Dec. 12, 1944. While a light rain falls, Gen. Douglas MacArthur presents the Medal of Honor to Maj. Richard I. “Dick” Bong in ceremonies at Tacloban, Philippines. While officially cited for shooting down eight enemy aircraft from Oct. 10 to Nov. 15, 1944, Gen. George Kenney had also submitted his MOH recommendation because he wanted to recognize Bong for being the leading American ace of all time. He had 36 (of what would eventually be 40) confirmed aerial victories at the time.
Dec. 15, 1944. Bound for France, famed band leader Army Maj. Glenn Miller and two others take off from England in a Noorduyn C-64 Norseman and are never heard from again. Several possible causes for the disappearance are formulated, but none is ever proven.
Dec. 15, 1944. President Roosevelt signs legislation creating the five-star ranks of General of the Army and Admiral of the Fleet.
Dec. 17, 1944. The 509th Composite Group, assembled to carry out atomic bomb operations, is established at Wendover, Utah.
Dec. 17,1944. AAF Maj. Richard I. Bong, America’s leading ace of all time, records his 40 and final aerial victory.
Dec. 21, 1944. Gen. Henry H. “Hap” Arnold becomes General of the Army—the first airman to hold five- star rank.
Dec. 24, 1944. While leading a formation of Boeing B-17s over Liege, Belgium, Brig. Gen. Frederick W. Castle’s aircraft loses an engine and he relinquishes the formation lead. His aircraft is immediately attacked by German fighters, but he refuses to drop his bomb load (which would have allowed him to pick up speed) since he is over friendly troops. Castle also refuses to leave the B-17 until his crew bails out. After another German attack, the B-17 explodes and the aircraft plunges earthward, carrying Castle to his death. For his dedication to his crew, Castle is posthumously awarded the Medal of Honor. The now closed Castle AFB, Calif., was named for him.
Dec. 25–26, 1944. AAF Maj. Thomas B. “Mickey” McGuire volunteers to lead a squadron of 15 airplanes as protection for heavy bombers attacking Mabalaent Airdrome. As the formation crosses Luzon, it is attacked by 20 Japanese fighters and McGuire shoots down three enemy airplanes. He receives the Medal of Honor not only for this mission but for his accomplishments as the second leading ace of all time. He has 38 aerial victories and is second only to Maj. Richard Bong’s 40 victories. The next month, McGuire is killed in action while leading four P-38s over an enemy-held airstrip on Los Negros Island.
Jan. 11, 1945. Capt. William A. Shomo sets the AAF all-time record of seven enemy air victories in a single engagement. Flying a North American P-51 Mustang with 2nd Lt. Paul M. Lipscomb as his wingman, Shomo takes off from Mindoro in the Philippines to check if Japanese airdromes in the northern part of Luzon are occupied. He sees an enemy bomber and 12 fighters flying approximately 2,500 feet above him and in the opposite direction, and, despite the 13:2 odds, orders an attack. He closes on the enemy formation and scores hits on the leading airplane of the third element, which explodes in midair. He then attacks the second element from the left side of the formation and shoots another fighter down in flames. When the enemy pilots form for counterattack, Shomo moves to the other side of the formation and hits a third fighter which explodes and falls. Diving below the bomber he puts a burst into its underside and it crashes and burns. Pulling up from this pass he encounters a fifth airplane firing head on and destroys it. He next dives upon the first element and shoots down the lead airplane; then, diving down to 300 feet in pursuit of another fighter he catches it with his initial burst and it crashes in flames. Meanwhile, Lipscomb shoots down three planes, while the three remaining fighters escape through a cloud bank. Shomo is promptly promoted to major and is later awarded the Medal of Honor for his actions.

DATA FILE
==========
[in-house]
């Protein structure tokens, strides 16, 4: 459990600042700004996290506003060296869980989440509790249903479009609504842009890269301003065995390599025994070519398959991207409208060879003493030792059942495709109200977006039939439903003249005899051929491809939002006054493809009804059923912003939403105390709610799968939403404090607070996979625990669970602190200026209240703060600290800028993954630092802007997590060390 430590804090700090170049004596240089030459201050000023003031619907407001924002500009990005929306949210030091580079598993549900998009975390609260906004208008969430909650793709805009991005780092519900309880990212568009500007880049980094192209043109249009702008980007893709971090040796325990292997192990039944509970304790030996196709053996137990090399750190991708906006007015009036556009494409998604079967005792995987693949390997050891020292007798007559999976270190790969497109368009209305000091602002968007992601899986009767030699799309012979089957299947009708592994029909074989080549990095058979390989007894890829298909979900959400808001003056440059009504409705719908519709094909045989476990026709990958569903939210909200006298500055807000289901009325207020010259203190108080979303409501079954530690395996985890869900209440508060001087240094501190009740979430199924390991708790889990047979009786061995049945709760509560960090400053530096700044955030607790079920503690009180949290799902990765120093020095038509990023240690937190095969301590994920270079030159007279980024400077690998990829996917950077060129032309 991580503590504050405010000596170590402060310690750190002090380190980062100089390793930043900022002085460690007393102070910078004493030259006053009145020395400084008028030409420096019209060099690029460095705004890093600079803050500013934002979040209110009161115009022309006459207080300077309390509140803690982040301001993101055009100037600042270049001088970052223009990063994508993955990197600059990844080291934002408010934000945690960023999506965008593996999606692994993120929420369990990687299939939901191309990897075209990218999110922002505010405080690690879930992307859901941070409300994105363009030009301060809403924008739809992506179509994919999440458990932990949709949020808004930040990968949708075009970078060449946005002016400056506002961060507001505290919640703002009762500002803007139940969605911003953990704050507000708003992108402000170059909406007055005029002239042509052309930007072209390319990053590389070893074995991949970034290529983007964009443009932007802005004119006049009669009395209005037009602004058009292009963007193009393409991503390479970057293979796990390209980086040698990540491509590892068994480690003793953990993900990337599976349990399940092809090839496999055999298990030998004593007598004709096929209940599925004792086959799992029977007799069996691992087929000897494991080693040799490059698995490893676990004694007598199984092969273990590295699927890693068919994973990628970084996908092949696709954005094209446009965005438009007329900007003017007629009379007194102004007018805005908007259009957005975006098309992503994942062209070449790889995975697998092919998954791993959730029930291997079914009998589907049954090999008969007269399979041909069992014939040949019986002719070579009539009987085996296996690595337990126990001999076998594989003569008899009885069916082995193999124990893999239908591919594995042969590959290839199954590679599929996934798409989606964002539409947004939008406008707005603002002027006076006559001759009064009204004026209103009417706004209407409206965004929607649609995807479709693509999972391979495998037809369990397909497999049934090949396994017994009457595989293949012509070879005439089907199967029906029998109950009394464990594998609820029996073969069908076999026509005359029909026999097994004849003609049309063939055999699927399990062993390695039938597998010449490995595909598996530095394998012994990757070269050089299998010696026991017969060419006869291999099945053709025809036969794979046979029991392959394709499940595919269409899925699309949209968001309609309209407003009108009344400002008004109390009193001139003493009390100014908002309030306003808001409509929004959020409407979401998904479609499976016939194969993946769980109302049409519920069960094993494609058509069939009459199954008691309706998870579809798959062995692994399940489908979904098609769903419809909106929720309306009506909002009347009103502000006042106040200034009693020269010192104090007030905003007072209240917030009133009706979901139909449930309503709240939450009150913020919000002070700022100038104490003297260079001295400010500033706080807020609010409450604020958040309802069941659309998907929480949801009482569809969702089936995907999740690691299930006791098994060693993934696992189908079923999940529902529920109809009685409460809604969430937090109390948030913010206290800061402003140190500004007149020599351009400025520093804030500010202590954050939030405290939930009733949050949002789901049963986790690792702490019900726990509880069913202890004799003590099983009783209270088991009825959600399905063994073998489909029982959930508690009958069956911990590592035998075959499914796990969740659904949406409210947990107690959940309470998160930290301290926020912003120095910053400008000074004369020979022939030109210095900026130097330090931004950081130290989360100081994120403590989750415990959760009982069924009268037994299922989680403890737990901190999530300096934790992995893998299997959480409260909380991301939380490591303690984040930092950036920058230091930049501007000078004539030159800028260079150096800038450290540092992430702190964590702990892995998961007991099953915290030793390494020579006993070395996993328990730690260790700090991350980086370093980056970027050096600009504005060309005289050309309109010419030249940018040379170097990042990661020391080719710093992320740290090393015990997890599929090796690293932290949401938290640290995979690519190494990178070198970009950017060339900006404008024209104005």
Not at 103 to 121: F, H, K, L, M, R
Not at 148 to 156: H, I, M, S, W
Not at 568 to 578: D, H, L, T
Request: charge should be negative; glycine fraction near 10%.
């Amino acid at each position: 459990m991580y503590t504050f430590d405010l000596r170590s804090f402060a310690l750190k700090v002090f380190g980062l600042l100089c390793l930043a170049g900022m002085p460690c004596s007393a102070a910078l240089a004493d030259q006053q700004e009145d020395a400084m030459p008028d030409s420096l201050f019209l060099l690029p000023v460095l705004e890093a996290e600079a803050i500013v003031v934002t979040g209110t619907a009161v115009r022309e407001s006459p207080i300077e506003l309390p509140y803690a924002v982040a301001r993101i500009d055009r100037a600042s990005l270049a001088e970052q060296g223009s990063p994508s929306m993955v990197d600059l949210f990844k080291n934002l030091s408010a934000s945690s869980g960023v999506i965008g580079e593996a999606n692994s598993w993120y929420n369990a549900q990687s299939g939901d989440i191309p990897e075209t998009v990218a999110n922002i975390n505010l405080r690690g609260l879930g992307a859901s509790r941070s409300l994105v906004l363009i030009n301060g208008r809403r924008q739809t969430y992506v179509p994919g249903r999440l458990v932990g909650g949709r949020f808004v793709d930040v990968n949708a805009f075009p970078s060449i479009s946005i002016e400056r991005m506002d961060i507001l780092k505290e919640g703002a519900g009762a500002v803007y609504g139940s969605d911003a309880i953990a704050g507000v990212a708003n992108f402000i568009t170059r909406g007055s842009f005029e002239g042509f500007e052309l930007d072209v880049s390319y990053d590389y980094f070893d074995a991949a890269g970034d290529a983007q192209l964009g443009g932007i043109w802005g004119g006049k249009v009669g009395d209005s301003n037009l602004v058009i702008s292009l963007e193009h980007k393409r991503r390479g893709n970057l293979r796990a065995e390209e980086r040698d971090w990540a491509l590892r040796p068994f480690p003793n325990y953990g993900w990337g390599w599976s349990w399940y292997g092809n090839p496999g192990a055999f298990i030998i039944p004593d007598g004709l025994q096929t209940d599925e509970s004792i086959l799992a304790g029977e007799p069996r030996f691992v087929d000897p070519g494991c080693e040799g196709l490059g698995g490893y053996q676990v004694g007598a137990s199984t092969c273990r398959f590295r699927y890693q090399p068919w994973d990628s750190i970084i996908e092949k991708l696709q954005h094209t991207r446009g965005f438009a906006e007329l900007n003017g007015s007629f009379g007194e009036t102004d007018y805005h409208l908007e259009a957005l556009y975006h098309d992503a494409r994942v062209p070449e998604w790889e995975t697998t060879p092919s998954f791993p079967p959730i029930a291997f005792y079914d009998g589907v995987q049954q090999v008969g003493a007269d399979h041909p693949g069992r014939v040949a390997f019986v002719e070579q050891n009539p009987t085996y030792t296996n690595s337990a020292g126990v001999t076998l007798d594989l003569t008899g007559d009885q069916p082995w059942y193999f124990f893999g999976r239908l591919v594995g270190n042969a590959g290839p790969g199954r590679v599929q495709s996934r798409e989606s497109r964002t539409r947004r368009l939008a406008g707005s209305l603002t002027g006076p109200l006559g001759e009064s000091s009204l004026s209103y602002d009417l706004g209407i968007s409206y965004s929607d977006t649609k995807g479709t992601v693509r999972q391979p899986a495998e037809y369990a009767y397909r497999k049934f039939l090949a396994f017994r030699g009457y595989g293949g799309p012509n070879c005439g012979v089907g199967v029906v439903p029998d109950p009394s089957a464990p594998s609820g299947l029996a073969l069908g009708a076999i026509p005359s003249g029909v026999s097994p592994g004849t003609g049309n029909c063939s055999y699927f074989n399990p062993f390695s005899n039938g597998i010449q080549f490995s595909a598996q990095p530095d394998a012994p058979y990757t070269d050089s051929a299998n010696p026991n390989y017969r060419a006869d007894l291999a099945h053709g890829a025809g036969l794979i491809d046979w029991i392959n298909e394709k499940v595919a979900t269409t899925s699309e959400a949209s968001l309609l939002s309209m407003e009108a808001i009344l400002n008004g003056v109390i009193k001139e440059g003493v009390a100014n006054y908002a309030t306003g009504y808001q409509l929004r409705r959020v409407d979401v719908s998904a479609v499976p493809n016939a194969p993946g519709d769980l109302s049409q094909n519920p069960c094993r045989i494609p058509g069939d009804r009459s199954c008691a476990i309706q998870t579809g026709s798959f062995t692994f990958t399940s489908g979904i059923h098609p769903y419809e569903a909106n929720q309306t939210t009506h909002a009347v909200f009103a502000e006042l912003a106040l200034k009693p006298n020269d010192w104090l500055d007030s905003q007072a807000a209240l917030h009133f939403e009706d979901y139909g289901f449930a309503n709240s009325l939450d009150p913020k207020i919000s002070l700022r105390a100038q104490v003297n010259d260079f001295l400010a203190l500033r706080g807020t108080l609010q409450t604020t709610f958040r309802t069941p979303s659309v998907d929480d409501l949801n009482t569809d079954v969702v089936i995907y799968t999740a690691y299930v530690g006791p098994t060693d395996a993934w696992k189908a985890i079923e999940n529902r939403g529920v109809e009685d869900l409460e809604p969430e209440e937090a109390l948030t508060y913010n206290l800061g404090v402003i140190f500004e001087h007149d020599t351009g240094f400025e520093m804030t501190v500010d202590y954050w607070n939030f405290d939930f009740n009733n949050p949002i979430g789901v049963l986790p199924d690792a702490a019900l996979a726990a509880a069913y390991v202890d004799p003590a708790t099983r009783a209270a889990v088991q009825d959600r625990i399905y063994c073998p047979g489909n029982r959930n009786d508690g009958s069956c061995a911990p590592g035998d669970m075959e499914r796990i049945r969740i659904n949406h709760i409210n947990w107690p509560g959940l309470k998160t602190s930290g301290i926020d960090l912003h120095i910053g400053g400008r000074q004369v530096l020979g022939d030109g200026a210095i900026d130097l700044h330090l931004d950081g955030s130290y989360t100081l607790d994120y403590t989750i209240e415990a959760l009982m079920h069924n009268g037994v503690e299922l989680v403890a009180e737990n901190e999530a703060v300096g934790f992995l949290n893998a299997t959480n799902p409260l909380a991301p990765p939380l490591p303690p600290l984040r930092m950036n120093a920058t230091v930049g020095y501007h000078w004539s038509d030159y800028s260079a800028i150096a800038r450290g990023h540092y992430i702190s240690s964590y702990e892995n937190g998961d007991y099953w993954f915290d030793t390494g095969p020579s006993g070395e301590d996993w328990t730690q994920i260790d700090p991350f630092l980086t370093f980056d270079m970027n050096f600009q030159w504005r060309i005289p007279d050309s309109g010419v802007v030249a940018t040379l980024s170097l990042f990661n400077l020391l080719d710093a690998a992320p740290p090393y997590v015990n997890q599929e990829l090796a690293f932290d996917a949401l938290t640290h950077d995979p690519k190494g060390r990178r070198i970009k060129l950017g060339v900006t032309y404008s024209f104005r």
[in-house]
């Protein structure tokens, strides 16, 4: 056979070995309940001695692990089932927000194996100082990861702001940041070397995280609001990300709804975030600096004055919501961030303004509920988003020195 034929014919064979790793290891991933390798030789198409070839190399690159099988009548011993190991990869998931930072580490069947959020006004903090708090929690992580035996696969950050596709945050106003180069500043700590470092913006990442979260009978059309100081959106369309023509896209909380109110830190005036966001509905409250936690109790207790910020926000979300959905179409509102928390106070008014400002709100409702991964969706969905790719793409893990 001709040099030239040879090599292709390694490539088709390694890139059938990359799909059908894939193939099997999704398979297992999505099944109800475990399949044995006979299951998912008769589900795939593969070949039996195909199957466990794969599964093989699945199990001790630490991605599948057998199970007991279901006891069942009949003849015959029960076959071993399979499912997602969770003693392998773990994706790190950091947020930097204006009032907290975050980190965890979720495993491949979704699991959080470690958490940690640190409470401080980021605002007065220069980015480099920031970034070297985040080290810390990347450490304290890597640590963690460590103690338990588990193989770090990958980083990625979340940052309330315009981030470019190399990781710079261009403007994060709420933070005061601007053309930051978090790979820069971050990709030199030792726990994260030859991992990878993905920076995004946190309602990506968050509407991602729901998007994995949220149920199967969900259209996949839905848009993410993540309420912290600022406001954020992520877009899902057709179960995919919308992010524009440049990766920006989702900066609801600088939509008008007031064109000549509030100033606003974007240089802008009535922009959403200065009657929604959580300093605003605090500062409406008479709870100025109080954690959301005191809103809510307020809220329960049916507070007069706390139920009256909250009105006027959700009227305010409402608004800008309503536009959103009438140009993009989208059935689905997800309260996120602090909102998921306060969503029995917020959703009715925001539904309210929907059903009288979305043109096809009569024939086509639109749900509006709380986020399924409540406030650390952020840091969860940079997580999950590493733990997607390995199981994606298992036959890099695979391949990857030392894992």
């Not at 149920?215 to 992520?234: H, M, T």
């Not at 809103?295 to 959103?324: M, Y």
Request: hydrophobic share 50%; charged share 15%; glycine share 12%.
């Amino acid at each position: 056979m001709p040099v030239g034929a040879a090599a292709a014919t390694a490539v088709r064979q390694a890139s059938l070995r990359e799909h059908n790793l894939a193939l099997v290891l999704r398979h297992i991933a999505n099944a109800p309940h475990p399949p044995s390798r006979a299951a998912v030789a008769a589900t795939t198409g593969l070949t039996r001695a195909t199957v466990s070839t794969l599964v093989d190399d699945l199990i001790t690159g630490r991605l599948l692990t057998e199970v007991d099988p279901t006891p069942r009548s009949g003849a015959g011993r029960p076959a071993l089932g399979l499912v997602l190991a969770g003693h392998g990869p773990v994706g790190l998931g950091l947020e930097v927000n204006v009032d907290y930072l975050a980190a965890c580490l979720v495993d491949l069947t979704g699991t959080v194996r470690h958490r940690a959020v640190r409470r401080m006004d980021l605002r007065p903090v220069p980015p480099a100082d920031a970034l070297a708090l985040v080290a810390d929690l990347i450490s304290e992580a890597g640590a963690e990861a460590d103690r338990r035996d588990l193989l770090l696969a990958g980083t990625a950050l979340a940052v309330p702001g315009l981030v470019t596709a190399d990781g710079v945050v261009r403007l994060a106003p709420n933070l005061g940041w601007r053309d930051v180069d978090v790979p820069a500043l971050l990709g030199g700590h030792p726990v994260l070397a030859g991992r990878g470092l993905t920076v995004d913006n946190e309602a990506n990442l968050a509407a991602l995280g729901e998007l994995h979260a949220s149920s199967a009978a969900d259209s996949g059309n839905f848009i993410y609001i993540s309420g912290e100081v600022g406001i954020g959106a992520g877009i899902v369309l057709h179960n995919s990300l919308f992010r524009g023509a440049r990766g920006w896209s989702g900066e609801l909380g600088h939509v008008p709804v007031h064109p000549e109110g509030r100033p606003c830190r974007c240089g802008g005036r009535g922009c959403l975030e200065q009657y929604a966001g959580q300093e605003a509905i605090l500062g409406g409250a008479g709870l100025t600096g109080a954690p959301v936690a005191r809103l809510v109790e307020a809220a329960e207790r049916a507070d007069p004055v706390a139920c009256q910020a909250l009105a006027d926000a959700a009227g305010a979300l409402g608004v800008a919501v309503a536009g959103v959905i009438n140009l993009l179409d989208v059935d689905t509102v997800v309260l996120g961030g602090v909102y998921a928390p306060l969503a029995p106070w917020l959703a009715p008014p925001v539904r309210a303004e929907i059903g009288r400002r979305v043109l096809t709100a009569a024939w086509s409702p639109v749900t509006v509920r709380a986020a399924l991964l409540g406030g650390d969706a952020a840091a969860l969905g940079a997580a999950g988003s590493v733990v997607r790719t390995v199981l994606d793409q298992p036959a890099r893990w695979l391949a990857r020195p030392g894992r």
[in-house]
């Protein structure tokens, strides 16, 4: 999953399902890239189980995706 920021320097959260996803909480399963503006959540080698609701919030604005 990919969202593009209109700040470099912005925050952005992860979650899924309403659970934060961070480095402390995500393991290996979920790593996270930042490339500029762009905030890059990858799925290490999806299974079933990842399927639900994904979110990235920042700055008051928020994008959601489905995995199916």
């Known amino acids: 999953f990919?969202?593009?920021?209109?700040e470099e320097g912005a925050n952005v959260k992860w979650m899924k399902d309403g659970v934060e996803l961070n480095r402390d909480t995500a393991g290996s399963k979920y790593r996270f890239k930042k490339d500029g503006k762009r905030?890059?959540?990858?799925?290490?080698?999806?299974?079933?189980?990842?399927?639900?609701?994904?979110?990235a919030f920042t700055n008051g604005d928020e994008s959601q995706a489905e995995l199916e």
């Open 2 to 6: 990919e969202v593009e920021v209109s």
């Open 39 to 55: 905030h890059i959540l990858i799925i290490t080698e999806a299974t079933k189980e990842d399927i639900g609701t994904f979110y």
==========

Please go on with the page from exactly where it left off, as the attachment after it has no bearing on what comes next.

Jan. 20, 1945. Army Air Forces Maj. Gen. Curtis E. LeMay succeeds Brig. Gen. Haywood “Possum” Hansell as commander of XXI Bomber Command in the Mariana Islands.
Feb. 3, 1945. A total of 959 B-17 crews carry out the largest raid to date against Berlin by American bombers.
Feb. 15, 1945. Podpolkovnik (Lt. Col.) Ivan Kozhedub, while on a lone reconnaissance patrol in a Lavochkin La-7, shoots down a German Messerschmitt Me-262 jet fighter in what the leading Soviet ace would call “a lucky shot.” This is the only German jet downed by a Soviet pilot during World War II.
Feb. 19, 1945. The Marine V Amphibious Corps, with air and sea support, lands on Iwo Jima. The capture of this small spit of volcanic rock has important considerations for the Army Air Forces, as the island’s three airfields will be used as emergency landing fields for Marianas-based B-29s and as a base for fighter operations. By March 26, the island will be secured, at a cost of more than 19,000 Japanese and 6,520 American lives.
Feb. 20, 1945. Secretary of War Henry Stimson approves plans to establish a rocket proving ground near White Sands, N.M.
Feb. 25, 1945. B-29 crews begin night incendiary raids on Japan; 334 aircraft drop 1,667 tons of firebombs and destroy 15 square miles of Tokyo.
March 9, 1945. In a change of tactics in order to double bomb loads, Twentieth Air Force sends more than 300 B-29s from the Marianas against Tokyo in a low-altitude, incendiary night raid, destroying about one-fourth of the city.
March 11, 1945. The greatest weight of bombs dropped in a USAAF strategic raid on a single target in Europe falls on Essen, Germany, as 1,079 bomber crews release 4,738 tons of bombs.